The authors relied on the indicator of the tree ring width, which was measured with a resolution of 0.01 millimeter using the LINTAB system and then used to compile tree-ring chronologies. Ecologists also analyzed soil and wood samples for contamination with sulfur, copper and nickel using an X-ray fluorescence method.
The gray numbers above the figures and the dotted vertical lines indicate the main milestones in the development of the Norilsk Combine. A is the percentage of trees at each site that died in different years (sites 1 and 8s are background); B - the results of the dendroclimatological study; the blue line shows the change in the temperature of the summer period (according to the literature), below it there are lines that correspond to the reconstruction of the temperature from the annual rings of trees at eight sites.
It turned out that the main stage of the mass extinction of trees coincides with the beginning of the development of sulfur-containing nickel deposits and the launch of smelting furnaces (at the turn of the 1960s and 1970s). Around the same time, Arctic trees ceased to be effective indicators of climate change: the chronology of summer temperature changes calculated from the width of their annual rings began to deviate greatly from real meteorological data. In the pre-industrial era and at the beginning of the industrial era, the temperature along the rings was predicted quite well (correlation coefficient r = 0.42, p <0.01) for 1924-1969.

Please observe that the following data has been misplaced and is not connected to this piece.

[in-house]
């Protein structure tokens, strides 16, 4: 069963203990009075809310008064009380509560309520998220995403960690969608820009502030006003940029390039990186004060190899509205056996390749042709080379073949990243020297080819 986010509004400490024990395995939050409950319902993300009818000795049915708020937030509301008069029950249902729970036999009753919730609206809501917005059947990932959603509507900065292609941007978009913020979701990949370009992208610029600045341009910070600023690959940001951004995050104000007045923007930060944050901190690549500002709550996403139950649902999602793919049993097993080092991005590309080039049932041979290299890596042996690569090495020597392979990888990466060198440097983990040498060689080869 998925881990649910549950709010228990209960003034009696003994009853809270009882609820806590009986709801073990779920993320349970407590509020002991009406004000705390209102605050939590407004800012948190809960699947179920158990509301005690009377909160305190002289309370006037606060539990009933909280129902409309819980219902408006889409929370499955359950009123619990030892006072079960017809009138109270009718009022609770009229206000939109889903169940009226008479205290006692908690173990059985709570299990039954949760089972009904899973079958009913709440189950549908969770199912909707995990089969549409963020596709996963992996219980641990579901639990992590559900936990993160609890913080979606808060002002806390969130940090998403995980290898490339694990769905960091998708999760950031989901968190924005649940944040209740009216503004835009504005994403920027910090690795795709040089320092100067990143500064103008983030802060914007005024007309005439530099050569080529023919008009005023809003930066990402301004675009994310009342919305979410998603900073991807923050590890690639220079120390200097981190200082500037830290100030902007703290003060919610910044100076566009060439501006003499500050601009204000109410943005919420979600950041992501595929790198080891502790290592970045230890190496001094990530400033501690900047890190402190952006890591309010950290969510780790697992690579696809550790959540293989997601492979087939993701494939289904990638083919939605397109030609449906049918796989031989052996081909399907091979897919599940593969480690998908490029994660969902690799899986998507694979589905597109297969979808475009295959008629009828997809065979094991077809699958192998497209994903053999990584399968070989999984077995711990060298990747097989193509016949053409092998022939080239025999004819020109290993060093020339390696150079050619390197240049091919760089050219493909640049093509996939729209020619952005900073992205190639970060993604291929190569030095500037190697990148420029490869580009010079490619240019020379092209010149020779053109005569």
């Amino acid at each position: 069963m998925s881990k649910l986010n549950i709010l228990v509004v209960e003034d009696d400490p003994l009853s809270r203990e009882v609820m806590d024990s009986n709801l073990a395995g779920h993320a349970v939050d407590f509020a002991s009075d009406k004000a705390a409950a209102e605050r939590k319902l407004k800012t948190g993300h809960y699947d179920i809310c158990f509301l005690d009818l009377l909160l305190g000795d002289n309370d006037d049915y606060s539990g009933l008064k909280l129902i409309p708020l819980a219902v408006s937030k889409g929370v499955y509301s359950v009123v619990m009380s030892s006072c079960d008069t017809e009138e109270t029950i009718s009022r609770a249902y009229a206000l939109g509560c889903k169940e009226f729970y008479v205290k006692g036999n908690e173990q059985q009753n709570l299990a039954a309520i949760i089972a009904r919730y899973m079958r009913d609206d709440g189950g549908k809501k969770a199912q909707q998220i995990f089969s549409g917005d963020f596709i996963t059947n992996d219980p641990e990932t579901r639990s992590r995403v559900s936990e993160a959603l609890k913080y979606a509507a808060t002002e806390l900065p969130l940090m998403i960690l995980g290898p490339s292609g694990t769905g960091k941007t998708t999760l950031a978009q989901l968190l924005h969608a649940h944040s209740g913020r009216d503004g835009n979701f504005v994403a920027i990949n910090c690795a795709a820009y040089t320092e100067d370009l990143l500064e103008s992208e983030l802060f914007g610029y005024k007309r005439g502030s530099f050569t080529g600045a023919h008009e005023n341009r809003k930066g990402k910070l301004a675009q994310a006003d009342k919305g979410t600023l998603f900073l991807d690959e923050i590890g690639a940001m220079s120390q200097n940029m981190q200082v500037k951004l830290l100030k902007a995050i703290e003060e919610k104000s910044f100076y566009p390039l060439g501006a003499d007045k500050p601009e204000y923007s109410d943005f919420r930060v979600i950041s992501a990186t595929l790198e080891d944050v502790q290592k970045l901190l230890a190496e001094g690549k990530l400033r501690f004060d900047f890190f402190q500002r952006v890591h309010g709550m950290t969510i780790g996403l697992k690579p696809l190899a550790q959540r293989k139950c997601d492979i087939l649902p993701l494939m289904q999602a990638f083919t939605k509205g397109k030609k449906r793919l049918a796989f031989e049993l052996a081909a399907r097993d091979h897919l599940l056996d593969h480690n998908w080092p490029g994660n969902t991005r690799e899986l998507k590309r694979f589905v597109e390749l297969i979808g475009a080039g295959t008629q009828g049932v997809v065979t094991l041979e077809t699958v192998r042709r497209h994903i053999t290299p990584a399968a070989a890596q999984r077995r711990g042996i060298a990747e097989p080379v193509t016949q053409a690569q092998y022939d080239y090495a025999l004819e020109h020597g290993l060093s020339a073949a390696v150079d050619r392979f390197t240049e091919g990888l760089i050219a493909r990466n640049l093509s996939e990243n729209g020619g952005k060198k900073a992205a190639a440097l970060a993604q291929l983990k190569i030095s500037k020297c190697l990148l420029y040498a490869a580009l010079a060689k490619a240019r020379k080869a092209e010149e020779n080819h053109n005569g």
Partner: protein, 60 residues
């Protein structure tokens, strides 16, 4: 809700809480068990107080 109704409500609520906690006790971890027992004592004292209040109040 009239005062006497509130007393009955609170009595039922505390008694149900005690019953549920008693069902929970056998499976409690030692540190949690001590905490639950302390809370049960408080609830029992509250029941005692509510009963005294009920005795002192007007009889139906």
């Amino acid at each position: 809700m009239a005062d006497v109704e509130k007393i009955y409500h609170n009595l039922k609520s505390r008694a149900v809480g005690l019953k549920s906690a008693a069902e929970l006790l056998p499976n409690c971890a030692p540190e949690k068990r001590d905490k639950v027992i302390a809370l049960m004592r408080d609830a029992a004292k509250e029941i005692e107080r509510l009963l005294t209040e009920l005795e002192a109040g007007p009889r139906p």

All plots, except for the background, had a large number of dead trees - up to 100 percent in plots three through seven. Scientists have found significant contamination with sulfur, copper and nickel in wood and organic soil. At the fourth site, their maximum concentrations in the soil were found: 2660 ± 188, 828 ± 85 and 716 ± 29 milligrams per kilogram, respectively (according to Federal Law No. 52 "On the Sanitary and Epidemiological Well-Being of the Population", MPCs for them are equal to 160, 3 and 4 milligrams per kilogram). Larch turned out to be more sensitive to pollution due to physiological characteristics: larger than that of spruce, needles surface area, thinner cuticle and higher stomatal conductance.
The authors of the study noted that the results of their study are consistent with the concept of Arctic blackout: oppression and mass death of trees in the vicinity of Norilsk coincided with the period of development of ferrous metallurgy in the region. Probably, the emissions of aerosols, even in quantities that do not lead to a direct increase in the greenhouse effect, had an indirect effect on climate warming through a decrease in the transparency of the lower atmosphere. A decrease in productivity and degradation of forest ecosystems in the north carry a high risk of disrupting the planetary carbon cycle, and it is quite possible that the danger of anthropogenic impact on Arctic vegetation was previously underestimated.
On May 29, more than 20 thousand tons of oil products were spilled into the environment at the Norilsk CHPP-3. In the article "Burn, Drown, Soak or Eat" we talked about how you can eliminate this pollution and what then happens to the affected areas.
Editor’s Note: Following the release, the news was updated with information about the affiliations of the study authors.